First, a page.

posted on Feb, 8 2010 @ 01:58 PM
link   
convergent features in evolution we see on earth suggest tech intelligence will be rare.

an obvious convergent feature is eyes. we see eyes in millions of species on earth nature just loves them. If we found complex life on another planet its likely they will have eyes of some sort.

So we can ask the question- is tech intelligence a convergent feature of evolution? The answer is a resounding no, its happened once in 2 billion years out of billions of species nature just doesnt seem very interested in intelligence. So i think to say tech intelligence is common in our galaxy is just plain wrong.



posted on Feb, 8 2010 @ 02:32 PM
link   

Originally posted by yeti101
So we can ask the question- is tech intelligence a convergent feature of evolution? The answer is a resounding no, its happened once in 2 billion years out of billions of species nature just doesnt seem very interested in intelligence. So i think to say tech intelligence is common in our galaxy is just plain wrong.


I don't think the answer is so cut-and-dry. Though I do agree with you, there is so much we do not know. For instance, what definition of "common" are you working with? And before we can answer your question, we should also ask if intelligence is inevitable? That is, allowed to thrive and given enough time, will life evolve intelligence?



posted on Feb, 8 2010 @ 03:26 PM
link   

Originally posted by easynow
reply to post by TrueBrit
 


thank you TrueBrit


i completely agree with everything you said there and IMO it's ridiculous to even think life found elsewhere in the universe that evolved on it's own would resemble humans. not saying it's impossible but the chances of E.T. life developing in a completely different biosphere and turning out like us is slim to none.

i also think we will never find a planet that is exactly like Earth.


[edit on 8-2-2010 by easynow]


Considering we havent found a planet like ours yet doesnt preclude them NEVER being like our own... we've only just started to find them and only within the limit of our technology.

For all we know planets might evolve convergently just like life, planets in the Goldie Locks zone may for the most part be all similar to Earth, not exact, but displaying an environment or multiple environments similar to some parts of Earth, in that they are hospitable and recognizable. A desert world within the safe zone of its star, like Earths sahara would/could still have life like that found in the Earth environment equivalent, should life have developed on it to begin with of course. We know Mars had water and it sits in the same habitable zone earth does in relation to having a possible environment suitable to life, for all we know it may have been extremely similar to earth in its early days. If our nearest planetary neighbor can or used to be Earth like then id say expect to find ALOT of Earth like worlds out their, or worlds that once were Earth like.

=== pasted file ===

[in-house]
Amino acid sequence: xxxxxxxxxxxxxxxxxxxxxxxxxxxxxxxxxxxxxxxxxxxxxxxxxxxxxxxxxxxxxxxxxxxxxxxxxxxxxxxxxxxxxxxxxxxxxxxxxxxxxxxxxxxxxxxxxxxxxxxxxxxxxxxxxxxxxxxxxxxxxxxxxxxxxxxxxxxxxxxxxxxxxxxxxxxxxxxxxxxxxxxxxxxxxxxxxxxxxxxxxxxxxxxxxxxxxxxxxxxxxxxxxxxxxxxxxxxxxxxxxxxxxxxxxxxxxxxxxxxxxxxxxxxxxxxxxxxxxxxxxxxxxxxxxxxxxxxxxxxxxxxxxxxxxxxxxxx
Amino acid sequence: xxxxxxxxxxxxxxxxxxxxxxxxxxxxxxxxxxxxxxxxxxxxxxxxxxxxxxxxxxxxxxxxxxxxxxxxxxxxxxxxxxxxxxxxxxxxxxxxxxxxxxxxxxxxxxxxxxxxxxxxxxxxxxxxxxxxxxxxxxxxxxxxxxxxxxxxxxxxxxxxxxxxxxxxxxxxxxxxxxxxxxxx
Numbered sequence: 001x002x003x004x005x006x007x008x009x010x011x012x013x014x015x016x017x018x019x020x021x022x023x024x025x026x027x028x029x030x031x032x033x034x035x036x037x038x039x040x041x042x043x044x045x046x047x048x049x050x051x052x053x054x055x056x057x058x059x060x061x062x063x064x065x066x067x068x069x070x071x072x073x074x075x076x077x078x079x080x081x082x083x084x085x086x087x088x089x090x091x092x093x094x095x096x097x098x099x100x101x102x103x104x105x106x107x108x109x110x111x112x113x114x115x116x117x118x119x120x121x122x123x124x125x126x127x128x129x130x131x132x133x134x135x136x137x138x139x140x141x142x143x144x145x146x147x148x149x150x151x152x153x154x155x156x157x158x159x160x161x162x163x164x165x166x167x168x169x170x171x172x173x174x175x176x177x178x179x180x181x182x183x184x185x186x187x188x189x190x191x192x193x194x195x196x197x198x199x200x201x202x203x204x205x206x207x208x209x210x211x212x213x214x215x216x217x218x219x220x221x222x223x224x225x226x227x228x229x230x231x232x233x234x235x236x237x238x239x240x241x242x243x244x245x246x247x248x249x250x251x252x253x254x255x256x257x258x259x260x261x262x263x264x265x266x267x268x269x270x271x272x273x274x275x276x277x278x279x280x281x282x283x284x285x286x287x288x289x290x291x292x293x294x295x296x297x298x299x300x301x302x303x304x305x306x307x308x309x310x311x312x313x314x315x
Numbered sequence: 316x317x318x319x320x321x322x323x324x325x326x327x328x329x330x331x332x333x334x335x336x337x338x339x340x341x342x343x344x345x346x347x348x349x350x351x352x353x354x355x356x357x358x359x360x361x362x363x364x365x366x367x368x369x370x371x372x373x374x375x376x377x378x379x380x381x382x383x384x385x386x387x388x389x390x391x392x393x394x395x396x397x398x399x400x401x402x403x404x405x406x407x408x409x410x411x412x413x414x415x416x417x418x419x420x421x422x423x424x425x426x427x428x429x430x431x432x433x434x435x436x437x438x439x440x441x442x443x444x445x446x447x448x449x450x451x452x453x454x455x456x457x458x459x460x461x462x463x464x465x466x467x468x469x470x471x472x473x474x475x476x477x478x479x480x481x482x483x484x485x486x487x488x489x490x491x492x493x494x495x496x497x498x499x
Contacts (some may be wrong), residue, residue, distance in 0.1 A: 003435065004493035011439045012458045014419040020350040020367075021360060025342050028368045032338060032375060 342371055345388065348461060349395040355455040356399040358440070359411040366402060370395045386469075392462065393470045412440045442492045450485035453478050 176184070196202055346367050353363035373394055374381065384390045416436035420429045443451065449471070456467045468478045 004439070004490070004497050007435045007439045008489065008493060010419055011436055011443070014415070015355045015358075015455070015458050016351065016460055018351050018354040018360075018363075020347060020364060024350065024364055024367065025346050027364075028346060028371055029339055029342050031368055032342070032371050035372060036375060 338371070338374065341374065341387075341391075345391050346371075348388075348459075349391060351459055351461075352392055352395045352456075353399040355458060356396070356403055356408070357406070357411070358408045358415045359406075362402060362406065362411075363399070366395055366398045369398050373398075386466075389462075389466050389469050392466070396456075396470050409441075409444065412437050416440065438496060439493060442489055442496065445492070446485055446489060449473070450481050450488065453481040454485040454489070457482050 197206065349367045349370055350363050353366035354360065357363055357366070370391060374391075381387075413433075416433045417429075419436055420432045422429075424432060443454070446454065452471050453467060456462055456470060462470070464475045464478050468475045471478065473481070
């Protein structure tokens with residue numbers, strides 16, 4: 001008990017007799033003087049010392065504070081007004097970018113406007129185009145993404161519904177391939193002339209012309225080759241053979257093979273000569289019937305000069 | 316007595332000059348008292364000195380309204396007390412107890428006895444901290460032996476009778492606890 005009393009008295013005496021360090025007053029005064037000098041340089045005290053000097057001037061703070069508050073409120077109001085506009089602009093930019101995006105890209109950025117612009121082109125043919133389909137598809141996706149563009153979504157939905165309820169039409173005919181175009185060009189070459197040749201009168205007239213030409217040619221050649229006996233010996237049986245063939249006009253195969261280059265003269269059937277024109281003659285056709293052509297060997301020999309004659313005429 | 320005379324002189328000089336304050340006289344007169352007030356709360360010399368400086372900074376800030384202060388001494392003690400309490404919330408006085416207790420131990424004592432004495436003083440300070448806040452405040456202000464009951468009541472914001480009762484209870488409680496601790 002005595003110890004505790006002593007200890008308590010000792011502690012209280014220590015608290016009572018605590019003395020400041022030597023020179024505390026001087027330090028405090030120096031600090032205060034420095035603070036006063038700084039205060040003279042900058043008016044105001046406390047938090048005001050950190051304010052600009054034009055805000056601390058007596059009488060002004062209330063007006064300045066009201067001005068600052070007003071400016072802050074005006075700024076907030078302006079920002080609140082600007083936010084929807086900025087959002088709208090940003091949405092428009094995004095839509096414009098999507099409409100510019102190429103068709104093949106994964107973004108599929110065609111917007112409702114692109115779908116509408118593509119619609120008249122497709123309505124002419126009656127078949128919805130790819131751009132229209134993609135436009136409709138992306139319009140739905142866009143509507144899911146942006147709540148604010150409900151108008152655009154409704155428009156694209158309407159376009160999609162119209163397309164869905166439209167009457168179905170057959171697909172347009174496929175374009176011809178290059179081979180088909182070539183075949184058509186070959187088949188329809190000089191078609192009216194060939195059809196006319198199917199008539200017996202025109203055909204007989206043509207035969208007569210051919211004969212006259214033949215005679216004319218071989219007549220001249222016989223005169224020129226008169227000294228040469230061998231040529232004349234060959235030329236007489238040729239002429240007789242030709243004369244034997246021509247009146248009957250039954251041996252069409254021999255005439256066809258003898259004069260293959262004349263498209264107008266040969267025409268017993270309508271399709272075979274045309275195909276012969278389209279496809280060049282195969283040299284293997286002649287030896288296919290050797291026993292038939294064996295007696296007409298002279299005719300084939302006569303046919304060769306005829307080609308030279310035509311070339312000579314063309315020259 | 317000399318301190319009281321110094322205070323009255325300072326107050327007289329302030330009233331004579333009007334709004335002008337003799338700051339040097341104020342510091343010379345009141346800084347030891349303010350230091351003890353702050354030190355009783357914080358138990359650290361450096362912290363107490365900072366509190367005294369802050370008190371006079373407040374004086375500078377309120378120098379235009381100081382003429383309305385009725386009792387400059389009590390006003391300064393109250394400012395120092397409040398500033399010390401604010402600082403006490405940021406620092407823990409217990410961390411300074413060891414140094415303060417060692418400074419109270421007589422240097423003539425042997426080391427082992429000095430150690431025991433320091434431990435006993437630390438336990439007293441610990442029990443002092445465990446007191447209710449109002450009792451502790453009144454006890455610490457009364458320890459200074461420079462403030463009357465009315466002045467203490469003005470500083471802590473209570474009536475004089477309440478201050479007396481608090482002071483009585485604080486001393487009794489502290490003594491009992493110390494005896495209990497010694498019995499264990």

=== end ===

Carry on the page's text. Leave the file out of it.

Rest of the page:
Now, will life for the most part from a world similar to ours be recognizable... and by that I mean, you could sit their and say, 'Hey you look a little like something we have back home', or 'hey golley gee youve got fingers and toes similar to mine'. To my mind, of course it would... as to extreme forms of life, of course they will be there as well, no ones saying they wouldnt exist. Their saying life will be like our own, plus. Your saying life will only be like the plus.

Its just that planets like our own, once we find them, give us the highest chance of recognizing life like our own. First thing we need to establish is are we unique?, and the easiest way to find out is to find others similar to ourselves (and by similar I mean if we found a communal rodent like creature on a world where it built rudimentary structures from dry mud and it displayed some form of culture that would in my mind constitute sufficiently similarity) , once we establish that THEN start looking for life in the extreme range, such as sentient rocks and gas clouds... if you go the other way around, you might spend centuries showing glowing rocks Rochette diagrams only to find out it was nothing but a glowing rock.


Originally posted by yeti101
The answer is a resounding no, its happened once in 2 billion years out of billions of species nature just doesnt seem very interested in intelligence. So i think to say tech intelligence is common in our galaxy is just plain wrong.


Only if you think of it from a Human perspective, of course from a human ideal of 'intelligence' everything else is an animal... watch a spider build a new web, watch it work out where a good location for a web is, watch it work out where it needs to lay down the starting strands between the available branches for the best bracing, then counter braces these, then every thing else. Kind of reminds me of something I read where they had taught a gorilla sign language (wasnt Coco I dont think), it was asked questions and one involved a choice between a house or a tree as a dwelling... the gorilla choose the tree, and they crowed that it wasnt intelligent enough to recognize the benefits of the house. The thing is, why would a gorilla want a house?.. they judged its intelligence based on a human ideal... it was intelligent, they just didnt understand how it reasoned.